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Judge declines to throw out Brett Ratner's defamation suit against woman who alleged rape

Judge declines to throw out Brett Ratner's defamation suit against woman who alleged rape
Brett Ratner in 2011. A Hawaii judge said the Facebook post of the director's accuser met the requirements of protected activity under California's "anti-SLAPP" law. (Carolyn Cole / Los Angeles Times)

A federal judge in Hawaii on Thursday declined to throw out a defamation case filed by director Brett Ratner against a woman who accused him of rape, but said a California law against lawsuits filed to silence critics was applicable in the case.

U.S. District Judge Helen Gillmor denied the motion to dismiss from attorneys representing Melanie Kohler, who accused Ratner of raping her 12 years ago in a Facebook post in October. Lawyers for the woman had argued Ratner offered no proof that Kohler's allegation was false, and contended the director was attempting to silence and intimidate Kohler and other women from divulging sexual misconduct.

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In her ruling Thursday, Gillmor separately found that Kohler's post met the requirement for being a matter of public interest and constitutionally protected activity under California's "anti-SLAPP" law, which protects against lawsuits designed to quash critics by burdening them with litigation.

Under the law, Ratner must now prove he's more likely than not to win his defamation case. Roberta Kaplan, an attorney for Kohler, said that part of the judge's decision was significant because it shifts the burden of proof to Ratner.

The judge said California law should apply in the case, rather than Hawaii's more restrictive anti-SLAPP law because the potential harm to Ratner was based in California, according to attorneys on the case.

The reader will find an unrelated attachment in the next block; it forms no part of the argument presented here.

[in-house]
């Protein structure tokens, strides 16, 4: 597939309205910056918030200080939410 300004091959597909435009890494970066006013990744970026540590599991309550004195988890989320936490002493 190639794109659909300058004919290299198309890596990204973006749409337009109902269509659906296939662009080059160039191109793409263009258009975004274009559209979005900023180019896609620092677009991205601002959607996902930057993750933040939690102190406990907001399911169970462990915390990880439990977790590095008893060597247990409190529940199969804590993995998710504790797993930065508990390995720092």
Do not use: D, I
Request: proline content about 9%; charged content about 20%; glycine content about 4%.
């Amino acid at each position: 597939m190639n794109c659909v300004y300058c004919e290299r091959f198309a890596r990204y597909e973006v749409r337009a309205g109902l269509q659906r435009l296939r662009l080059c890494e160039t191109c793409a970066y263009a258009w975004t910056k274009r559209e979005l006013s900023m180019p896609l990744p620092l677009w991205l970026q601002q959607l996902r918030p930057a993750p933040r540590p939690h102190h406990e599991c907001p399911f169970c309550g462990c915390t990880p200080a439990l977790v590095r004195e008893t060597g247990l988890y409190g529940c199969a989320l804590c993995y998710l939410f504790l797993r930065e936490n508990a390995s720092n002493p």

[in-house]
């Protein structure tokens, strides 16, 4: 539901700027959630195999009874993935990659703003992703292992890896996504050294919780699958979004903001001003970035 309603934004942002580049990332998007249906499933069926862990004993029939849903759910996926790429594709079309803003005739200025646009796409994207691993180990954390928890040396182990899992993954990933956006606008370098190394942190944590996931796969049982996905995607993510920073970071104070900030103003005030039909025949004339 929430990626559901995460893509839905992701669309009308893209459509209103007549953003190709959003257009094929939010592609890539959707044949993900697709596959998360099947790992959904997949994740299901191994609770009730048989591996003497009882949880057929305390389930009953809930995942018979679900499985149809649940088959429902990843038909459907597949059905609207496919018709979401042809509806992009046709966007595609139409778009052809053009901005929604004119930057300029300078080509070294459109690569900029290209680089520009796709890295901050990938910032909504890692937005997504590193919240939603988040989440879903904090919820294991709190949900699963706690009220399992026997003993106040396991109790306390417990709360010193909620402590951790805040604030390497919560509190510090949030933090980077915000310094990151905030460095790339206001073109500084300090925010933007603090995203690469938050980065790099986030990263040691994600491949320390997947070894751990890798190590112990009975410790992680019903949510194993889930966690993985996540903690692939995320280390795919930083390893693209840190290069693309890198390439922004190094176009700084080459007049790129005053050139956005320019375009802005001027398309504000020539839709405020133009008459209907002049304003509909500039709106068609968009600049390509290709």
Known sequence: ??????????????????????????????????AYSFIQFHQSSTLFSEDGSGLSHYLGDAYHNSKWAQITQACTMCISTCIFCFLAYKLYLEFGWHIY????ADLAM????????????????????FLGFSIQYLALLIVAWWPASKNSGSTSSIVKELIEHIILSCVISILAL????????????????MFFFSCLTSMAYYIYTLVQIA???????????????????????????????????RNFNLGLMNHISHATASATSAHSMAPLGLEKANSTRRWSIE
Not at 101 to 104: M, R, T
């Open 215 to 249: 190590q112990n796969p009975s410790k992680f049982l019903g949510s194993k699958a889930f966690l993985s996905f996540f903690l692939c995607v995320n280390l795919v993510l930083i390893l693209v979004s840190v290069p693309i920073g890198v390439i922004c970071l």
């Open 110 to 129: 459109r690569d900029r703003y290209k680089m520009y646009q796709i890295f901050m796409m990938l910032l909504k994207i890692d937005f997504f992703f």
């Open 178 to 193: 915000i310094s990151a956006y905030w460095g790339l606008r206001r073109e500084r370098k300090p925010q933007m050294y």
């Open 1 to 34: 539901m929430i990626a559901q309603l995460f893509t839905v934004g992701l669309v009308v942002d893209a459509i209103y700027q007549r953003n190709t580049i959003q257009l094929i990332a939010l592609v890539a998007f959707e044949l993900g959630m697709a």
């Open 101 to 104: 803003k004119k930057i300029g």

Ratner's attorneys welcomed the judge's ruling and said it "validated the sufficiency of Mr. Ratner's defamation claim."

"So it is clear, this lawsuit was never about silencing women, but rather about holding Ms. Kohler responsible for the false and defamatory statements she made about Mr. Ratner," attorney Andrew B. Brettler said in a statement.

Attorneys for Kohler also called the judge's decision a step in their favor, saying the case was now going to be governed by the California statute, "the strongest law in the country to protect free speech."

"This means that Mr. Ratner now must prove that our client is lying. We don't think he can do that because, quite simply, Melanie is telling the truth." Kaplan said.

Ratner filed his lawsuit against Kohler, a former marketing executive who now lives in Hawaii, hours after The Times published allegations from six women who accused the director of sexual misconduct.

"Brett Ratner raped me," she wrote in the post. She took it down within a couple of hours after receiving a threatening phone call from Ratner's attorney.

Ratner, in his lawsuit, called Kohler's claims "false, fabricated and fictional."

Twitter: @AmyKinLA @vicjkim

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